Making signs this way gives you a more robust sign because you use foam core instead of cardboard. The sign will be sturdier and take paint more evenly, too.
The hardest part was picking a font. I wanted something that looked like it belonged with a laboratory but not something that looked too old since a lot of my signage is more modern. In the end I wound up looking at all the fonts in Word and all the fonts on 1001freefonts.com. I found a number that would work, but was it ever hard to choose between them!
Looking at fonts made me think of other potential issues too. Like, did I want the sign to be more like a plaque that you would see on an old building or did I want it to be a big, proper sign? Too many options! I did finally settle on a font called "Bertram". I liked it because it had a bit more interest than just a regular Copperplate font, though hindsight says Copperplate would have been easier to cut out.
Having picked the font I wanted, I went to print out some nice, big letters and discovered a problem. I use something called Open Office instead of Microsoft Office because I'm cheap and Open Office is free. Trouble is Open Office is almost, but not quite, entirely unlike Microsoft Office. In short, the largest it would let me make my text was 96 point. I raged about this for a while until the solution hit me. If you do it in the Excel-like program instead of the Word-like program, you can tell it to print an enlargement. (-: So I typed in the name of my lab, made it 96 point in Bertram, and then made the computer enlarge it 300%. I had to turn the paper to landscape and print off 7 pages (because I could only get 2 letters , maybe 3 if I was lucky, per page) but I made it work.
It took me a bit of time to get the pages laid out and taped together because I wasn't smart enough to put a grid under my letters so I had to duplicate the font kerning by hand. It took me a while but I managed it. If you're wondering, and I'm sure you are, kerning is what letter spacing is called when the letters are placed to be visually pleasing instead of by exact spacing which can leave large gaps between letters with overhang like T, W, and V. This is the sort of thing you learn when one of your former roommates majored in visual communication.
Then all I had to do was tape the template down and cut it out which isn't nearly so easy as it sounds. I was using 1/4 inch foam core and getting the x-acto to cut deep enough to go through the whole thing was challenging at best. I don't think it would have worked half so well if I had picked a more complicated font. There is one really super important thing you have to know at this point. It is critical that you not mess up any of the white section of the template. Cutting too far into the black of the font is fine, you aren't using that (though you can if you can keep it looking nice) but because this sign has an engraved look you have to save all the little white bits you cut out from the letters like A, B, and O. Here's why:
Looks rather odd doesn't it? So keep those little bits safe and do your best not to cut into them any more than is absolutely necessary.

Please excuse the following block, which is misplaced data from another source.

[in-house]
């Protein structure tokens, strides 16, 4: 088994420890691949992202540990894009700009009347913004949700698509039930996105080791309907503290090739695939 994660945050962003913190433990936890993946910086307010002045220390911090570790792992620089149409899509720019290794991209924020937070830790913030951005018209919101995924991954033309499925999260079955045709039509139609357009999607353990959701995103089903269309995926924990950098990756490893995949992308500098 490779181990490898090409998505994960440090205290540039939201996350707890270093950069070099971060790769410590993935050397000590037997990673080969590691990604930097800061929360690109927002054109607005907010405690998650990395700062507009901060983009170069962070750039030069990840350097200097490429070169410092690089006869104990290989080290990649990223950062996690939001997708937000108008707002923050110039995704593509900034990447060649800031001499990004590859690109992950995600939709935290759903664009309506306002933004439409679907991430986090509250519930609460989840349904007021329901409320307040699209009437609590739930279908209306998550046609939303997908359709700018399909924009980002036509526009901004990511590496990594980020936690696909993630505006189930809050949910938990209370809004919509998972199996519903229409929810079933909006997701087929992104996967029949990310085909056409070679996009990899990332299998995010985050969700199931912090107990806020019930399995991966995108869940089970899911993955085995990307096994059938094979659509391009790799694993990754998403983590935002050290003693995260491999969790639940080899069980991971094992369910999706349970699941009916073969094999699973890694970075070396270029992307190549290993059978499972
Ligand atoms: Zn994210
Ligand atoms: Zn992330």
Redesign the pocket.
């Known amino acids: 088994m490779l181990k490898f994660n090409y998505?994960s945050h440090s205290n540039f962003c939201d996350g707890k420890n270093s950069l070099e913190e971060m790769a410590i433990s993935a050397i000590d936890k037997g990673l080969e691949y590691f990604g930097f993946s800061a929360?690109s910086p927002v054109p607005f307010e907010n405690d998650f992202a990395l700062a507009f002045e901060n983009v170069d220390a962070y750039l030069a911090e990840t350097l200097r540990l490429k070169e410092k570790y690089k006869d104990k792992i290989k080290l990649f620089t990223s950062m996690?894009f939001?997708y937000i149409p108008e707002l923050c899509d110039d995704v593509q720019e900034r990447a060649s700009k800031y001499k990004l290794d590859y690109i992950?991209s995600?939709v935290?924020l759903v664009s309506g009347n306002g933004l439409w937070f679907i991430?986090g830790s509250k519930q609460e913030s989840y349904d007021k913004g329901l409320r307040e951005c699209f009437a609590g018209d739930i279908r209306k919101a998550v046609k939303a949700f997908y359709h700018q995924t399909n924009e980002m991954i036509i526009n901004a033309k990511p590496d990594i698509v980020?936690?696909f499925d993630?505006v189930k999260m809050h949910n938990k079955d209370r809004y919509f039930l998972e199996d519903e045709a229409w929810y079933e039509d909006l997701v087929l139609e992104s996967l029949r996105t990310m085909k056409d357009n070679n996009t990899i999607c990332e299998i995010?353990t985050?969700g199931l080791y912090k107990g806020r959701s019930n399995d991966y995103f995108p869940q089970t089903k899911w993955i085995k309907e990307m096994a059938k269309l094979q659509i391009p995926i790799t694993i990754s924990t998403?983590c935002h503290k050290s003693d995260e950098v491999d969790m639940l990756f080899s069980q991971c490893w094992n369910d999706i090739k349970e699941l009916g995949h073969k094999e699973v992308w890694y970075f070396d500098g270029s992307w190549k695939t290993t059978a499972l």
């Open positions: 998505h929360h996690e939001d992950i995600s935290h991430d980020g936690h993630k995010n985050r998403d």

Once my letters were all cut out, and the necessary bits saved, I trimmed the sign down a bit so that it would be bordered by a backing piece of foam core. The piece I used for backing was 1/2 inch foam core and I didn't cut it down at all.
This is where my instructions are going to deviate from what I actually did. What I did was then spray glue the boards together, with all the extra bits to fill in letters, and then paint the board. What you should do is paint the pieces first and then glue them down. Why? Because at some point in the process the glued foam core came unglued and I discovered that it was easier to paint that way. So grab some spray paint and paint all your pieces and then glue them together. It works a lot easier because you can spray the interior of the letters directly and not have to worry about missing spots. Also, you want to make sure your surfaces are completely flat when you go to glue them. I had a world of trouble getting the stupid thing to stick long term. My first gluing failed, but for the second one I weighted the thing down for 24 hours while the glue set. Worked much better.
|Looks a lot better with those extra bits put back in place, doesn't it?|
I also discovered that if you use spray paint for this instead of normal paint you can get an antiqued look or even make the foam core look like stone. This works best if you suck at spray painting (which I do) because all the darker blotchy bits start to look intentional. I didn't get a pic of how much the foam core looked like granite there for a while because, as I said, I suck at spray paint and didn't want to have a camera incident. But I did go over the "metal" portion of the sign with some black to give it a more abused look.
It probably would have looked better aging the sign with gold and copper paint instead of gold and black paint but I was using what I had and what I had was black and gold. It looks rather more like it's gone through a fire than I would have hoped, but I suppose I can go back and repaint if I decide I don't like it. Now all I have to do is figure out how to hang the thing.
Since there were all sort of pieces left from making the main sign, I decided to throw together another one.
A bit of paint and glue (Elmer's this time), and behold! A perfect sign to denote where my intended lab area is. (-:
I know that's not the greatest camera angle, so I zoomed a bit to give you a better idea what it looks like close up.
And yes, the letters are raised. It's just not terribly easy to tell when the sign is on display.